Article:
Boris Johnson led tributes from across the military to the former head of the Royal Marines who was found dead on Saturday at the age of 54.
The prime minister said he was “very saddened” to learn of the sudden death of Maj Gen Matthew Holmes, who had led the Marines until his replacement in a reorganisation early this year.
Holmes had been commandant general of the marines from 2019 until April this year and had previously served in Northern Ireland, Kosovo, Iraq and Afghanistan, during a career of more than 30 years in the armed forces.
“My thoughts are with Matt’s family and friends at this difficult time, as well as the Royal Marines and Royal Navy who I know will feel this loss keenly,” Johnson said.
Investigations continue into the circumstances of Holmes’s death, the Ministry of Defence said. But defence sources said it was understood he had killed himself. There had been a period of personal difficulties, hulle het gesê.
Holmes’s sudden death has rocked colleagues in the military. The defence secretary, Ben Wallace, said on Monday that “we mourn the tragic loss of one of our own” – and praised Holmes for serving with “distinction and rigour”.
Adm Sir Tony Radakin, the head of the Royal Navy, gesê: “Matt was also a dear friend to many, and a close friend of mine for over 20 jare. He will be sorely missed by the service and especially the corps family.”
Holmes had been moved out from his position as head of the marines after a reorganisation, having served a little over a year-and-a-half in what is normally considered a three-year posting.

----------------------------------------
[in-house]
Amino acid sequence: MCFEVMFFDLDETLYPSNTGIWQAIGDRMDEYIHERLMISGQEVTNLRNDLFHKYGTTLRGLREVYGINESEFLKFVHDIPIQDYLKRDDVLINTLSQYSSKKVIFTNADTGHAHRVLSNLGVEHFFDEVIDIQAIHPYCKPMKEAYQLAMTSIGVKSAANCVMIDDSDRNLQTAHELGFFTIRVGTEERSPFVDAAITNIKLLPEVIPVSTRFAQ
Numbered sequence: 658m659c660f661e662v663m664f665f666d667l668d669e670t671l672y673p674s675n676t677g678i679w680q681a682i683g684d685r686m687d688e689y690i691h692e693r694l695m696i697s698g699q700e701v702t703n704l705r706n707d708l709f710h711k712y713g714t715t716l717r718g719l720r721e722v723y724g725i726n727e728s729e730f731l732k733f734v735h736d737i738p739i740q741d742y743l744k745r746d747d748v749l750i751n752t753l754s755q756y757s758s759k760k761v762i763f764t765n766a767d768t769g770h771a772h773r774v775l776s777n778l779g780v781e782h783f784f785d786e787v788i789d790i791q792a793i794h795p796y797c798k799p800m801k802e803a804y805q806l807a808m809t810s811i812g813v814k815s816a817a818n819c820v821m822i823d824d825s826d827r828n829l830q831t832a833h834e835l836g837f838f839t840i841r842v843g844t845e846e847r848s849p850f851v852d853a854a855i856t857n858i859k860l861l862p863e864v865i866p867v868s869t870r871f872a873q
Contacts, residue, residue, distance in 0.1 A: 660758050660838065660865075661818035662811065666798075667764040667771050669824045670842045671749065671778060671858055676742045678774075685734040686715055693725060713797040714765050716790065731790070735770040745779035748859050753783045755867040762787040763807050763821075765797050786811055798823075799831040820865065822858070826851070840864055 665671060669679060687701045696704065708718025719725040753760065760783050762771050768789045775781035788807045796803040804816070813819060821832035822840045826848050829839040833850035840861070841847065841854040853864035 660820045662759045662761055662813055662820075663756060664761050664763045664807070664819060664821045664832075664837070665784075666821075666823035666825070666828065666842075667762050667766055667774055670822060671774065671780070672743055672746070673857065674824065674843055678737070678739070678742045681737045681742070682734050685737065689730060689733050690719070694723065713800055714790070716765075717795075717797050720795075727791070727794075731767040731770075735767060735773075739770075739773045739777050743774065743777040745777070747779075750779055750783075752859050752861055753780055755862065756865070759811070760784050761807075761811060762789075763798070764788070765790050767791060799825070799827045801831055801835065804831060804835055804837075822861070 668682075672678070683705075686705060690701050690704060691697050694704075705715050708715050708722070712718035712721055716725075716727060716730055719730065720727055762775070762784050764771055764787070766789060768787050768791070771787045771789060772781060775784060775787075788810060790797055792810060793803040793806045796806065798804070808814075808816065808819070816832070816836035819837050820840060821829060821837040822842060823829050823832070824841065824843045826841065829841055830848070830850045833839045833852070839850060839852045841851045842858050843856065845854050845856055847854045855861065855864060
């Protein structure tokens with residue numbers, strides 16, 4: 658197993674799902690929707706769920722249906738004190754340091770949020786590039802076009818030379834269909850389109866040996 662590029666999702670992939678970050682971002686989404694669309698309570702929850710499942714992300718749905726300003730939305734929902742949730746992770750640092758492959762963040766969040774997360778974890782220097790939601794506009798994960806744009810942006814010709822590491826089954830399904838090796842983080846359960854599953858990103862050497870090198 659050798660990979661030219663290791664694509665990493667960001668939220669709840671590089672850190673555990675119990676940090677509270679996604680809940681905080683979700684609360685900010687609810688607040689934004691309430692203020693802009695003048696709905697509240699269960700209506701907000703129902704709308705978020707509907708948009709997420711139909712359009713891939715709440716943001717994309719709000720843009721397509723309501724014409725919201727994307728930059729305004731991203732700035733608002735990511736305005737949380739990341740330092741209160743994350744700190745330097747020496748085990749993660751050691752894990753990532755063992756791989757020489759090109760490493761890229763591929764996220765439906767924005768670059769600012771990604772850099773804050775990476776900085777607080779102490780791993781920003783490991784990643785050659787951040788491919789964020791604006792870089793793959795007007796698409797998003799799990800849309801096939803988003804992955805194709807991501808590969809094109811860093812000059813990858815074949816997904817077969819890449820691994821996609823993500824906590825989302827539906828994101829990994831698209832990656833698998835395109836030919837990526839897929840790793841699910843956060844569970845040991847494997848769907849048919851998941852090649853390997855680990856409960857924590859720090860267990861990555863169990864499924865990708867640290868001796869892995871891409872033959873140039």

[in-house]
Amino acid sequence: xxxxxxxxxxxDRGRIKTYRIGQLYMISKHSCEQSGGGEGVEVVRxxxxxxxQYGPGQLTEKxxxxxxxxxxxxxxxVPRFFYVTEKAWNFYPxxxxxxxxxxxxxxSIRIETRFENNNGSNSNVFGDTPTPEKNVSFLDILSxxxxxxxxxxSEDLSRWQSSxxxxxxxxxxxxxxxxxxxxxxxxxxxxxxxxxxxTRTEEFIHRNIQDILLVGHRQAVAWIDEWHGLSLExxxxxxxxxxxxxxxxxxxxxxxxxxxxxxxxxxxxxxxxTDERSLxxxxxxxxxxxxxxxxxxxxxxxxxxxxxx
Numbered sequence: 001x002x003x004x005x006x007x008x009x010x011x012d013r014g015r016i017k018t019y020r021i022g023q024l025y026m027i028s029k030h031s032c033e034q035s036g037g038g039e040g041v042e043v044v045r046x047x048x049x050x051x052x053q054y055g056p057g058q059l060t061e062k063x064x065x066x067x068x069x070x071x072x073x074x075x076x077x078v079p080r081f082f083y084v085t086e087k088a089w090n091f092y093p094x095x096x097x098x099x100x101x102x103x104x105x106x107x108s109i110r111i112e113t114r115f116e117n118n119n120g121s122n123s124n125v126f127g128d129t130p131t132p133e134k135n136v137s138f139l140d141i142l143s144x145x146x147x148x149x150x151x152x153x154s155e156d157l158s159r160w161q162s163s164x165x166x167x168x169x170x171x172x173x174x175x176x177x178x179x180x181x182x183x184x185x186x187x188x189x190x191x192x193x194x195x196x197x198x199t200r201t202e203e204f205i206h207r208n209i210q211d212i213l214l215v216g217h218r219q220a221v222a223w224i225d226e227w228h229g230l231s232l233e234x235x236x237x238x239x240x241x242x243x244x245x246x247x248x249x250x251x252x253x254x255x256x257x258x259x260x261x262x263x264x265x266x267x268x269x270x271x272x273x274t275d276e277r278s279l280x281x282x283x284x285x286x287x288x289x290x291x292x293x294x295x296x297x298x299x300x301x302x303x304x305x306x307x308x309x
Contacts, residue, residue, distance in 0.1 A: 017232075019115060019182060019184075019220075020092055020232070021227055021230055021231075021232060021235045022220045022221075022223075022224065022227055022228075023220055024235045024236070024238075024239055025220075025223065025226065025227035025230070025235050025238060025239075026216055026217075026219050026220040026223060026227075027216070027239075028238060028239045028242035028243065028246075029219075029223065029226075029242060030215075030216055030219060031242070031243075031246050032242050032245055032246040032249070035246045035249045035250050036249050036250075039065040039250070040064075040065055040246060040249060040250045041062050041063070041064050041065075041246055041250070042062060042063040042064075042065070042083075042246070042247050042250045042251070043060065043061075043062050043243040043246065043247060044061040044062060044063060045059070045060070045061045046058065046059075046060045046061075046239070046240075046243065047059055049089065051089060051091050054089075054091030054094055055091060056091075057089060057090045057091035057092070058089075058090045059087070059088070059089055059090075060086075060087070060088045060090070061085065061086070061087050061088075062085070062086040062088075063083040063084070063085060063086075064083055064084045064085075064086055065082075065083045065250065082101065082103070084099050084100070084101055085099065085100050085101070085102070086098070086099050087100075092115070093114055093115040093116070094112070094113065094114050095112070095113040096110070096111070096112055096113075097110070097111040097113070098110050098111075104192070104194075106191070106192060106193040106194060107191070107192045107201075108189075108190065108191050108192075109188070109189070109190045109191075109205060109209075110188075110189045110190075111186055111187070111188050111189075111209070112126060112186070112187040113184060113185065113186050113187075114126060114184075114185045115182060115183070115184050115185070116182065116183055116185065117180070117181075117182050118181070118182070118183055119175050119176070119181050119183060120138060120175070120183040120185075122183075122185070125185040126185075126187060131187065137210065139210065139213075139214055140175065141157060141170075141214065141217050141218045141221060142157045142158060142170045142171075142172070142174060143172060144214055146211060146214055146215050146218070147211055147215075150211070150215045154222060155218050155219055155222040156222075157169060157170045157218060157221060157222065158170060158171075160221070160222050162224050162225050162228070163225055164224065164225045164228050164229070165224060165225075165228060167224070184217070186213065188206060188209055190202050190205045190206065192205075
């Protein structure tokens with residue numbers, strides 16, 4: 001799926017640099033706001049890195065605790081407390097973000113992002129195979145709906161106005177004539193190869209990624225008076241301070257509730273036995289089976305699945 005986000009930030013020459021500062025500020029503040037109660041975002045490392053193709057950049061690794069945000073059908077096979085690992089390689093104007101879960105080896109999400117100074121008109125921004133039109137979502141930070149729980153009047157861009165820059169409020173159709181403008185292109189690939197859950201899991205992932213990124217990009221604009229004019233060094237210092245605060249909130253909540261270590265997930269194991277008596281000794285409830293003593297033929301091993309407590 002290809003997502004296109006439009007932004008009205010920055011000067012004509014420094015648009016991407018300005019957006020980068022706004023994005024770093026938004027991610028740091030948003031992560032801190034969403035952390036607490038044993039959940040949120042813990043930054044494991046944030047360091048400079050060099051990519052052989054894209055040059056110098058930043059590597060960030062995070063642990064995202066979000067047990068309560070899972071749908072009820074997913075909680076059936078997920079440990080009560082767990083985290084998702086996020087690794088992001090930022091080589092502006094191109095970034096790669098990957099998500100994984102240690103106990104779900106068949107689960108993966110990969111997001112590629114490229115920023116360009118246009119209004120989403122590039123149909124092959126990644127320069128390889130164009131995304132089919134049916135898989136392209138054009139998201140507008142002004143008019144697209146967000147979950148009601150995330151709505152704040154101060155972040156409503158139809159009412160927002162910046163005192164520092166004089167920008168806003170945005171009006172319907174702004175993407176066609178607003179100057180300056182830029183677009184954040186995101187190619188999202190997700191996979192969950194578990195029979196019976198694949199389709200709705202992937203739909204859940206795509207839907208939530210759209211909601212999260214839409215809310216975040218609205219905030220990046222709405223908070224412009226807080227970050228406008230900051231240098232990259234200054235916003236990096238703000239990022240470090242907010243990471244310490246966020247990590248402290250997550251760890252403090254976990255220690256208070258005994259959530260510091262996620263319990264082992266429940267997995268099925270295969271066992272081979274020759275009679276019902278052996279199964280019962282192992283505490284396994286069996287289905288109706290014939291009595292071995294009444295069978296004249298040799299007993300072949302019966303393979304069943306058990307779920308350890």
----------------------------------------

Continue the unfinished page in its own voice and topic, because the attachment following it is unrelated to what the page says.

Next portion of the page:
He had resisted the move, defence sources said, and this was reported earlier this year. But Radakin pressed on with the change, part of his wider transformation plan for the Royal Navy.
Holmes was replaced by Lt Gen Rob Magowan and was allowed to stay on for six months, acting as an adviser, to help with the transition out of service.
Radakin is one of the leading two candidates to replace Gen Sir Nick Carter as head of the armed forces, after Johnson completed interviews for the job last week. An appointment had been expected late last week, but that has been delayed until after the Conservative party conference.
Some defence sources believe Radakin is Johnson’s favoured candidate after the final round of interviews, although there is strong support from elsewhere in the military for Gen Sir Patrick Sanders, the head of strategic command, responsible for both special forces and cyber operations.
The appointment is made by Downing Street from a field of five after a recommendation from Wallace.
The MoD said its “thoughts, sympathies and deepest heartfelt condolences were with family and friends of Maj Gen Holmes”. A spokesman requested that their privacy was respected.